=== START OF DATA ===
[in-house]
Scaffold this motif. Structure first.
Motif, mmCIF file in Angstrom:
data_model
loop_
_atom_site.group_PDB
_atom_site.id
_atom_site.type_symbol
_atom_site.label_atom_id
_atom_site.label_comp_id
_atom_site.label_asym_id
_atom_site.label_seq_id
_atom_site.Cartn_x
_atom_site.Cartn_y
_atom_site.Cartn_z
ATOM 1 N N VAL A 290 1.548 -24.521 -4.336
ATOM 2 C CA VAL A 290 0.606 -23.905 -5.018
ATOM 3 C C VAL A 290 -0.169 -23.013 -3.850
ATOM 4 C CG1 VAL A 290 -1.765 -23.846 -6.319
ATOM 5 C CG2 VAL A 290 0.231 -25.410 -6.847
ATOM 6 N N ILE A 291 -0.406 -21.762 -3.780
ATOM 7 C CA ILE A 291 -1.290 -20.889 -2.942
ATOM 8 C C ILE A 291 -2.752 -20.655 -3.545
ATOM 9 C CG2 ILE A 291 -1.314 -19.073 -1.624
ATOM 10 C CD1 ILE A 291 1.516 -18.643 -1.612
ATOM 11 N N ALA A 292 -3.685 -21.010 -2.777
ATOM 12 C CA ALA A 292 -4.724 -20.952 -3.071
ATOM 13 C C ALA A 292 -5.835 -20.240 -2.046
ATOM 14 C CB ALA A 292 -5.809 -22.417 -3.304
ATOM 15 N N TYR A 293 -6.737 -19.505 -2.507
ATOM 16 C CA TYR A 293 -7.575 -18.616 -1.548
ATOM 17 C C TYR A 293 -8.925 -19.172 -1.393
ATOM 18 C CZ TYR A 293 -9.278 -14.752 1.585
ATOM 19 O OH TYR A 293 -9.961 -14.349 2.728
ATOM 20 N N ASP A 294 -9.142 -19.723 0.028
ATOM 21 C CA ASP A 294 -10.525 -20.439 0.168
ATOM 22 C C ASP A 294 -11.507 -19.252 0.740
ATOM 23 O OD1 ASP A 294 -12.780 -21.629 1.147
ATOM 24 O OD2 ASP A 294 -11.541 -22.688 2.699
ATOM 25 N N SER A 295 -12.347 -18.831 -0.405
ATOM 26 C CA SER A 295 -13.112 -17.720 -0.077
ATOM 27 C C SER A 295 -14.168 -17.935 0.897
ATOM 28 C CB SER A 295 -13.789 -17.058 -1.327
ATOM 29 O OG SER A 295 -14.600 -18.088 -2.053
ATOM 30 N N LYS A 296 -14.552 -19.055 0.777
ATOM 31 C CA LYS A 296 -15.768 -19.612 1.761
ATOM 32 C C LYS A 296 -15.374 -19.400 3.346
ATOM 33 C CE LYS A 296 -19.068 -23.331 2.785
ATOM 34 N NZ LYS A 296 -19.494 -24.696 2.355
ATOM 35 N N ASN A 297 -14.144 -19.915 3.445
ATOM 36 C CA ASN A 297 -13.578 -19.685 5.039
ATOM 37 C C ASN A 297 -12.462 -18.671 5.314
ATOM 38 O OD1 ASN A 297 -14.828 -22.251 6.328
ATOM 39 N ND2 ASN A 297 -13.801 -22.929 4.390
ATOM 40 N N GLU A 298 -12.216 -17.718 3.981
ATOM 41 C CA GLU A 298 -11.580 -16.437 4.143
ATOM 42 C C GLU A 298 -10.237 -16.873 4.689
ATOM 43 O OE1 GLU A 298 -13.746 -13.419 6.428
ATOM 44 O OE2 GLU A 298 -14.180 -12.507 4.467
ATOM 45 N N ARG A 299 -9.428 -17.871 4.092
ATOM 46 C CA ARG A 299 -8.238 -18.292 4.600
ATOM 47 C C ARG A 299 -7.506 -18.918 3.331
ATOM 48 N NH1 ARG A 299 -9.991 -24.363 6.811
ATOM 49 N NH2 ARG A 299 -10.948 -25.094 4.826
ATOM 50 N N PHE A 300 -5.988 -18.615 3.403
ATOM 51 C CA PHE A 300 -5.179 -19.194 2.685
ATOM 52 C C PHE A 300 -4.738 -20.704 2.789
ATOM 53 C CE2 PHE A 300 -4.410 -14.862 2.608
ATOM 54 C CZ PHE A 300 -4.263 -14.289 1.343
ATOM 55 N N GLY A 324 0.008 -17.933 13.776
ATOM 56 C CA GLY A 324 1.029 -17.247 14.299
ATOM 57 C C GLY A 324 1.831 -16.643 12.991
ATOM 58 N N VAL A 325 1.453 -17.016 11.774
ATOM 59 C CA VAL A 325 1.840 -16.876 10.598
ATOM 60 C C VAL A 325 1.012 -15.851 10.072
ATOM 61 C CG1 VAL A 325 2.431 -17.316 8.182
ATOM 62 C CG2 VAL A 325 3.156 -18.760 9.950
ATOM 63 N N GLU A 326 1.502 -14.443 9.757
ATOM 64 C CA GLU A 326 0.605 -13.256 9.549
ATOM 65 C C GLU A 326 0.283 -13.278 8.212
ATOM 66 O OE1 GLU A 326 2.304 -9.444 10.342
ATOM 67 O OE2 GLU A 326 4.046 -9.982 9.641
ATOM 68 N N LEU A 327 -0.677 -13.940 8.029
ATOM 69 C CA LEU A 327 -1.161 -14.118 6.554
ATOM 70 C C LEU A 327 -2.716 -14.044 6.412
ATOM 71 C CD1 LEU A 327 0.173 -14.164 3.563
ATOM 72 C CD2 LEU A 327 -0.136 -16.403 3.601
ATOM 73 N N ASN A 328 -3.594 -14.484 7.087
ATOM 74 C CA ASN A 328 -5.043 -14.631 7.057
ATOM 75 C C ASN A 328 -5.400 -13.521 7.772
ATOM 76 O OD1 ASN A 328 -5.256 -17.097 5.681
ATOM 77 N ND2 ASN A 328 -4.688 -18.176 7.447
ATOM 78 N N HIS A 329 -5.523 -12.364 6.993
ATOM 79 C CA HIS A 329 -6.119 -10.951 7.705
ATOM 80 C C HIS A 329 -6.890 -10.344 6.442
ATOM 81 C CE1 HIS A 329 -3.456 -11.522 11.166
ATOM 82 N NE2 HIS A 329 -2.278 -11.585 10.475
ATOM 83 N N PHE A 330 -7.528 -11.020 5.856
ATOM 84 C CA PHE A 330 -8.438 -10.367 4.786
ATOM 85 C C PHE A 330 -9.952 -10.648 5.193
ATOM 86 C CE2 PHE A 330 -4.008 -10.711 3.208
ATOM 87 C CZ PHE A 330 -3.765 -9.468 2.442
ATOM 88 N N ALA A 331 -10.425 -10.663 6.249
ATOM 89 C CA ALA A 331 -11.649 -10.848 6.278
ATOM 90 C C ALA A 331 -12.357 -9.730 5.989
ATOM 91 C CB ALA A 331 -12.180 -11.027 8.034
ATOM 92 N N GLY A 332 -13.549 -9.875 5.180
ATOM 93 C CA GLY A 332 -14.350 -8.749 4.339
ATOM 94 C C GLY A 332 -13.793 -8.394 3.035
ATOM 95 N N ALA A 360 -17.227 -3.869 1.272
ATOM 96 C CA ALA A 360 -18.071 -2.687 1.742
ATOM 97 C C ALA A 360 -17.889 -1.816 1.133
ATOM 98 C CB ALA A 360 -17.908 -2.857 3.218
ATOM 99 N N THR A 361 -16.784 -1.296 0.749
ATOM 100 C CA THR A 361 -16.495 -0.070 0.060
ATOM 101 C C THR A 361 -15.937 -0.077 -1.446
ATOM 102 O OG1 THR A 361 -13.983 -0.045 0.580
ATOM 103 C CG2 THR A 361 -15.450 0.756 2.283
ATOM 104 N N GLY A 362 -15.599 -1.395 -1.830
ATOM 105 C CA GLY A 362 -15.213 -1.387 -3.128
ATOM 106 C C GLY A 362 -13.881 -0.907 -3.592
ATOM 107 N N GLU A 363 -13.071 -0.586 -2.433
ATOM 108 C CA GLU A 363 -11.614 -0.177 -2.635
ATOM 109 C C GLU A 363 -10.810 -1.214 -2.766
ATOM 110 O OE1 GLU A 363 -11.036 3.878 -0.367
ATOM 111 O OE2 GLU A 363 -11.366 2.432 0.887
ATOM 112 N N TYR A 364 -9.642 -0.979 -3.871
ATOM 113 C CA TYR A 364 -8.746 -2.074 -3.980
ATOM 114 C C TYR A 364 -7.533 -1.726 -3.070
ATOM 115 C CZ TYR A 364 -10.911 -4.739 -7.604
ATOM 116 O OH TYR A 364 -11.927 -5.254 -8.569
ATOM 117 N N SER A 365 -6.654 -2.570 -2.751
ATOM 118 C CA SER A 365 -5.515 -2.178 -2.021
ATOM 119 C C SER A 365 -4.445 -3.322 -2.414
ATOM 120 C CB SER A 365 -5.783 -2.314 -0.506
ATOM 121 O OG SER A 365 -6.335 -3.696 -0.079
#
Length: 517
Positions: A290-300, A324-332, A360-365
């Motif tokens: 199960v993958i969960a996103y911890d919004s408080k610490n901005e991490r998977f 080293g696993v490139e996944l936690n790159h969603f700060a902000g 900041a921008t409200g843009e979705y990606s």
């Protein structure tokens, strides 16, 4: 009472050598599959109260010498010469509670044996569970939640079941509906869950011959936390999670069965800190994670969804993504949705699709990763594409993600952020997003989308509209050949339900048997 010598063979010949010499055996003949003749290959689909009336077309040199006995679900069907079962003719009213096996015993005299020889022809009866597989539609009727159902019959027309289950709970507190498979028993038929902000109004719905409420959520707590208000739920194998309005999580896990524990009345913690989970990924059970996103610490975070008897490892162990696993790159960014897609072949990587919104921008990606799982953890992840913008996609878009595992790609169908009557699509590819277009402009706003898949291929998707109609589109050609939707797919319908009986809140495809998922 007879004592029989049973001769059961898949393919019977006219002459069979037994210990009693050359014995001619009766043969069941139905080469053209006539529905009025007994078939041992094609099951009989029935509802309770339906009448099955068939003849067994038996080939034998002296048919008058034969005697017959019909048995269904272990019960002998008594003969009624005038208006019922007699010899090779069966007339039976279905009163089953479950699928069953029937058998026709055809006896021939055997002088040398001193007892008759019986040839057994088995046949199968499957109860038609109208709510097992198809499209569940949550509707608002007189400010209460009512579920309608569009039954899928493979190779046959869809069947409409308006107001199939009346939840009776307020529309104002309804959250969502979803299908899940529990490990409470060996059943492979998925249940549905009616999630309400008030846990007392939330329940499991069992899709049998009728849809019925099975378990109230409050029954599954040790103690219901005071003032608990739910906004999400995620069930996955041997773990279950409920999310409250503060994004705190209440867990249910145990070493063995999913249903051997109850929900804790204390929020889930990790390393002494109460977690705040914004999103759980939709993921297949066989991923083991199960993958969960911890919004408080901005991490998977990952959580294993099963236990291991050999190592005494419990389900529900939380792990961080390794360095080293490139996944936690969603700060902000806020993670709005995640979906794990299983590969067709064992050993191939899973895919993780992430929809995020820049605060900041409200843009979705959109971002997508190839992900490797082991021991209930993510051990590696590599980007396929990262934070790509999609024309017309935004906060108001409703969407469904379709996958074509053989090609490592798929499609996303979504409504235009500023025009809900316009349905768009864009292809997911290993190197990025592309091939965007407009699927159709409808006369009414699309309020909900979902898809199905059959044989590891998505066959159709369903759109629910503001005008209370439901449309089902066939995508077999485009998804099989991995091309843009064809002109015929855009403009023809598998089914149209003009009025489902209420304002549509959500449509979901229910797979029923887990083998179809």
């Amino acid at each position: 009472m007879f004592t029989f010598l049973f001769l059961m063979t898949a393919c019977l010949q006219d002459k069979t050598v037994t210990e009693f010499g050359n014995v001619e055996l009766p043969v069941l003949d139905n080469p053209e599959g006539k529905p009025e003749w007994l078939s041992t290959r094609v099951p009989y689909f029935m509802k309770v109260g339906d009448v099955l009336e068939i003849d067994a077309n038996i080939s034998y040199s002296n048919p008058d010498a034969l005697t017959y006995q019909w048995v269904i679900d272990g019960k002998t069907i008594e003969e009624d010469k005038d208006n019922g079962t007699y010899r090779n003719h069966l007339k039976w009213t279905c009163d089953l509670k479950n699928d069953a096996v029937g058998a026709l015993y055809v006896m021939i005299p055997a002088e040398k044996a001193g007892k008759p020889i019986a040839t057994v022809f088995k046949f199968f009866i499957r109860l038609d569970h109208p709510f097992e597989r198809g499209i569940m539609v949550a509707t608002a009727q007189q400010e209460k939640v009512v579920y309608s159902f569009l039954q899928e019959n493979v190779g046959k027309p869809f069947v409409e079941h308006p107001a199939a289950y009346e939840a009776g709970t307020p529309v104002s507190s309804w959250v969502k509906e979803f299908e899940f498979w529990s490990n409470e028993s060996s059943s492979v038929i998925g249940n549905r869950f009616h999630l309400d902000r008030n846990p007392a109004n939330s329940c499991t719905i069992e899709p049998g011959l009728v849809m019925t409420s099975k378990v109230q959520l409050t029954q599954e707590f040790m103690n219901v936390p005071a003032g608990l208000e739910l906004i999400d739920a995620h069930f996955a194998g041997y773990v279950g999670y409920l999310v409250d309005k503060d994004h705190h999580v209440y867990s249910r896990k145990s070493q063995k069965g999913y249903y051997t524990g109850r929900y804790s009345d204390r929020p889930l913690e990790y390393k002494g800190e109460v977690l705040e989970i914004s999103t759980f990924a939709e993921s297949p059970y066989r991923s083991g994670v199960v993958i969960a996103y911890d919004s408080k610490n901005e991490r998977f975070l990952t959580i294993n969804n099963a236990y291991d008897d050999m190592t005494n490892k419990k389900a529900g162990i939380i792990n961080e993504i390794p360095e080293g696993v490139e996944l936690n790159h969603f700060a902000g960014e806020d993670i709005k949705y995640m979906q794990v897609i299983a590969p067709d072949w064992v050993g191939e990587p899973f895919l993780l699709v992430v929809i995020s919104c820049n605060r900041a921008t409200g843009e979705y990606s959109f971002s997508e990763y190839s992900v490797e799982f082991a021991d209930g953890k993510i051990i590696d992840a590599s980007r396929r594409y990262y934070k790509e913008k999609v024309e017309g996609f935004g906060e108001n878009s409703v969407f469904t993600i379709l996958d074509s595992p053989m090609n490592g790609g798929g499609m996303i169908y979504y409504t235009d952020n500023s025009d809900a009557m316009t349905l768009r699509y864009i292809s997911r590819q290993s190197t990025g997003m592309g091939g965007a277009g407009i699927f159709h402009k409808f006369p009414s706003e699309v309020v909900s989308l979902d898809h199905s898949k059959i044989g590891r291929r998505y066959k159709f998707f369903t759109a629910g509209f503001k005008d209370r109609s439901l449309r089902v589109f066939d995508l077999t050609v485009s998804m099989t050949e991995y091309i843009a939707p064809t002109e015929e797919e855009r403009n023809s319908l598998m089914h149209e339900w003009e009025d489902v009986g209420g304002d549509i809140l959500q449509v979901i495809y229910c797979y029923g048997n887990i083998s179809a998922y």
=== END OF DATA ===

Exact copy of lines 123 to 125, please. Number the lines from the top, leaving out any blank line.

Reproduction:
ATOM 108 C CA GLU A 363 -11.614 -0.177 -2.635
ATOM 109 C C GLU A 363 -10.810 -1.214 -2.766
ATOM 110 O OE1 GLU A 363 -11.036 3.878 -0.367